An entire chapter dedicated to the repercussions when Jesus heals a man born blind. This man and his healing will resonate later in this Gospel as many began believing in Jesus because of this one act. There is one verse which should sound familiar. Try out vs.25 and you will find the following words: “One thing I do know, that though I was blind, now I see.” Amazing grace, you can hear this formerly blind man say, how sweet the sound. But the whole basis for this chapter is a bit puzzling. A wonderful miracle just took place and something unheard of happened. A man born blind was given back his sight, nothing like this had ever happened before. Everyone seems to be caught up in whether he was actually born blind or not. Everyone seems to be concerned on whether it happened on a Sabbath or not. Everyone seemed to be concerned what kind of person Jesus was which somehow would dictate whether the healing was legitimate or not. The fact of the matter was that this man was born blind, and now he can see…period.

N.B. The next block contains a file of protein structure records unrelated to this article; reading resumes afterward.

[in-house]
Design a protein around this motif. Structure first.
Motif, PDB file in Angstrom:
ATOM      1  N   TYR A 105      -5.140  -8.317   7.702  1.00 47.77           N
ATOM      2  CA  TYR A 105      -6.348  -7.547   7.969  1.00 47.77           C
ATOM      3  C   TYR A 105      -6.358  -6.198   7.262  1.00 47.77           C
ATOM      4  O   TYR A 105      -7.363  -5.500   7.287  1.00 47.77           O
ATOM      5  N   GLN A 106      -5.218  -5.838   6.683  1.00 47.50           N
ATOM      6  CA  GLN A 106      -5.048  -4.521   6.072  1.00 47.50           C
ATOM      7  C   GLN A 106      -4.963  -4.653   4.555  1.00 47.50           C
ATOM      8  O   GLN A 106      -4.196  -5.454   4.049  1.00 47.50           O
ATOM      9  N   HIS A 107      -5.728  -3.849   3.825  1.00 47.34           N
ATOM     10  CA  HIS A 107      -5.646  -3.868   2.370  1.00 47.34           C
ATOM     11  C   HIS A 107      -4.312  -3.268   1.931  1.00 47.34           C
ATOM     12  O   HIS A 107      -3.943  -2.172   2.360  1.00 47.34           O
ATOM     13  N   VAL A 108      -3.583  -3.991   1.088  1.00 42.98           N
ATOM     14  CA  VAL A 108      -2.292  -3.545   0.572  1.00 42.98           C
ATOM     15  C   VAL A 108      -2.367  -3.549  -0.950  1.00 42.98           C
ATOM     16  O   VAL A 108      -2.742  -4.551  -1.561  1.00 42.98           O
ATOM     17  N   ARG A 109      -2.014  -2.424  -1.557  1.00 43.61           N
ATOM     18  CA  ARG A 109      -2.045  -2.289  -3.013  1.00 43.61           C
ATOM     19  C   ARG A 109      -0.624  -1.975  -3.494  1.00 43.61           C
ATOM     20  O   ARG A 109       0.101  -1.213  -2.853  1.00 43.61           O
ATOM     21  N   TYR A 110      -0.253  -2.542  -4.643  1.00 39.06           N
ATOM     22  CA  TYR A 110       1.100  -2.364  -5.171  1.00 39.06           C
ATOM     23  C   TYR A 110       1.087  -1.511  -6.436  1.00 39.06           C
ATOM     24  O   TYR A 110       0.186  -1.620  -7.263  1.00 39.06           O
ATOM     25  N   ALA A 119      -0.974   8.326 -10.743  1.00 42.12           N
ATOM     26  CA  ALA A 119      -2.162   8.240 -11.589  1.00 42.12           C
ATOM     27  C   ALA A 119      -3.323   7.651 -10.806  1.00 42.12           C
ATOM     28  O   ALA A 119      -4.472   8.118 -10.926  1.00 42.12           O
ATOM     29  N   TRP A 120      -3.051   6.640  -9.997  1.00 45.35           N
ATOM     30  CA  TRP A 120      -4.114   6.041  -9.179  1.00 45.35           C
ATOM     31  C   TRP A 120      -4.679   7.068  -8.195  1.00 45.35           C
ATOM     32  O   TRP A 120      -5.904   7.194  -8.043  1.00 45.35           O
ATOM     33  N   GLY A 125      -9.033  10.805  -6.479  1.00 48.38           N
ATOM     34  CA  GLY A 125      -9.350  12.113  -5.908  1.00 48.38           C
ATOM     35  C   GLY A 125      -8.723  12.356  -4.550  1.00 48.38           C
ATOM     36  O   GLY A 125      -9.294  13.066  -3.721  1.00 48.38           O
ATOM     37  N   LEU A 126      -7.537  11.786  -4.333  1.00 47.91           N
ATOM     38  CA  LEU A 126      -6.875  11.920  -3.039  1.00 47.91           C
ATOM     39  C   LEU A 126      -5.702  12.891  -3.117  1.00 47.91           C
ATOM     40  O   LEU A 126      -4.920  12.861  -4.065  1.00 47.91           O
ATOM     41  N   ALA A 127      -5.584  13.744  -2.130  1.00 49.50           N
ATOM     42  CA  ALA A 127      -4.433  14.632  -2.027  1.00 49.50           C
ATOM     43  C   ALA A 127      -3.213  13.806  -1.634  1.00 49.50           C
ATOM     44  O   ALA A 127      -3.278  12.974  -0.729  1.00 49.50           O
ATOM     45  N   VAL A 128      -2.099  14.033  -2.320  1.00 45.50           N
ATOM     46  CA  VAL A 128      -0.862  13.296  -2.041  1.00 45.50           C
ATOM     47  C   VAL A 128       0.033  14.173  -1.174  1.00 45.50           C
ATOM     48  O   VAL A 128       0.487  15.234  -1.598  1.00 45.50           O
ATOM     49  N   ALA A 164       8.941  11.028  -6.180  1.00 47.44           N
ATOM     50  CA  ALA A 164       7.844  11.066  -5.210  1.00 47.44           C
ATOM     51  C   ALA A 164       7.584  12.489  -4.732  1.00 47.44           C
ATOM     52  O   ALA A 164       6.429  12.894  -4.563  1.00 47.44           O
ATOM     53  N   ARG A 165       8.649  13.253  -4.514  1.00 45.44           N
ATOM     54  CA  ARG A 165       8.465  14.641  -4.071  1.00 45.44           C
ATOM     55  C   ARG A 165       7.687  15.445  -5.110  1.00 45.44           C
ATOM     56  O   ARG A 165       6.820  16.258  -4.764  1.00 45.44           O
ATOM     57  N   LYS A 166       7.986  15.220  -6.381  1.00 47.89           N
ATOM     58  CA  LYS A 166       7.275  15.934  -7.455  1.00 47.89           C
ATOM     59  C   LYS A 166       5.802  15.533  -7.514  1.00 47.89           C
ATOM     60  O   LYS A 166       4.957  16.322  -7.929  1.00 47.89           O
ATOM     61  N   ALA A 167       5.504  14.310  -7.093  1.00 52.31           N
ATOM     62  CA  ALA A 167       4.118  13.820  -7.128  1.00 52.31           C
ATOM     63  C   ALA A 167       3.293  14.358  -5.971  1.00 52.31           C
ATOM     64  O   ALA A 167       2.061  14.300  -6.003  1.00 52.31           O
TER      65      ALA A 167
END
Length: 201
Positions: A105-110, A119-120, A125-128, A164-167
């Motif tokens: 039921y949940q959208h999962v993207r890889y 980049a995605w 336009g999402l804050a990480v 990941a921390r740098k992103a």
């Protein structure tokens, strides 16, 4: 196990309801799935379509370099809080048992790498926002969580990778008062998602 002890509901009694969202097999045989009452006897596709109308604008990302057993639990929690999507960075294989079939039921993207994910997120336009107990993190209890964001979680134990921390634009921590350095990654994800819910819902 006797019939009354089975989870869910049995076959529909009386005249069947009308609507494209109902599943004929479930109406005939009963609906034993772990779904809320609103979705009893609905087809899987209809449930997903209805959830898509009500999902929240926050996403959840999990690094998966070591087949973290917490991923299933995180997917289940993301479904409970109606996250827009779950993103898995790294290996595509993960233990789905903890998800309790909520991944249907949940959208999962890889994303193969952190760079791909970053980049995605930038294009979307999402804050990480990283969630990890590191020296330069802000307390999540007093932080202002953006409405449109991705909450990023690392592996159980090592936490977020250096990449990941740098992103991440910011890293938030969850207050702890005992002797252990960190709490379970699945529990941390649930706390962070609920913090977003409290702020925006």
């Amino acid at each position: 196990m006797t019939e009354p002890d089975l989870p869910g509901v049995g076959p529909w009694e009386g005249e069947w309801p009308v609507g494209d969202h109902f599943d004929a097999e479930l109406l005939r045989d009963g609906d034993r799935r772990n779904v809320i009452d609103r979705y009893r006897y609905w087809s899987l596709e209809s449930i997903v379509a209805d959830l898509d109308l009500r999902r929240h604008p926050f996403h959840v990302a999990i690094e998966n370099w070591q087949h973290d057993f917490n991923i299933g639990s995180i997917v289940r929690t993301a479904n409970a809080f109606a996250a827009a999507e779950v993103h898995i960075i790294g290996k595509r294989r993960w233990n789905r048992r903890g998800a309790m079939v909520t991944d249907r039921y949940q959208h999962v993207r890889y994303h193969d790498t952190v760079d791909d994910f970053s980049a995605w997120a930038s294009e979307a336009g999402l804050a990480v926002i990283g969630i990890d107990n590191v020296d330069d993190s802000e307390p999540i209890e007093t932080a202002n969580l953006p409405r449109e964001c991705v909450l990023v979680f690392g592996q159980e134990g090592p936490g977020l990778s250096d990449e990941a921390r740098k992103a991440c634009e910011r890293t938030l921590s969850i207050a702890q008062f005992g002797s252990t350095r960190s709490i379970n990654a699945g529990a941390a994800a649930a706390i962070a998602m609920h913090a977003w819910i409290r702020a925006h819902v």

Jesus seeks him out after they have kicked him out of the temple, basically after he was excommunicated. A curious statement can be read in vs. 22 where we hear that “anyone who confessed Jesus to be the Messiah would be put out of the synagogue”. This man was put out and so Jesus, claiming some responsibility to that, seeks him out. “Do you believe in the Son of Man? I am he.” As a result of this statement, and not of the healing, he worships Jesus. Sometimes it takes not just an act, but an explanation of an act to elicit belief.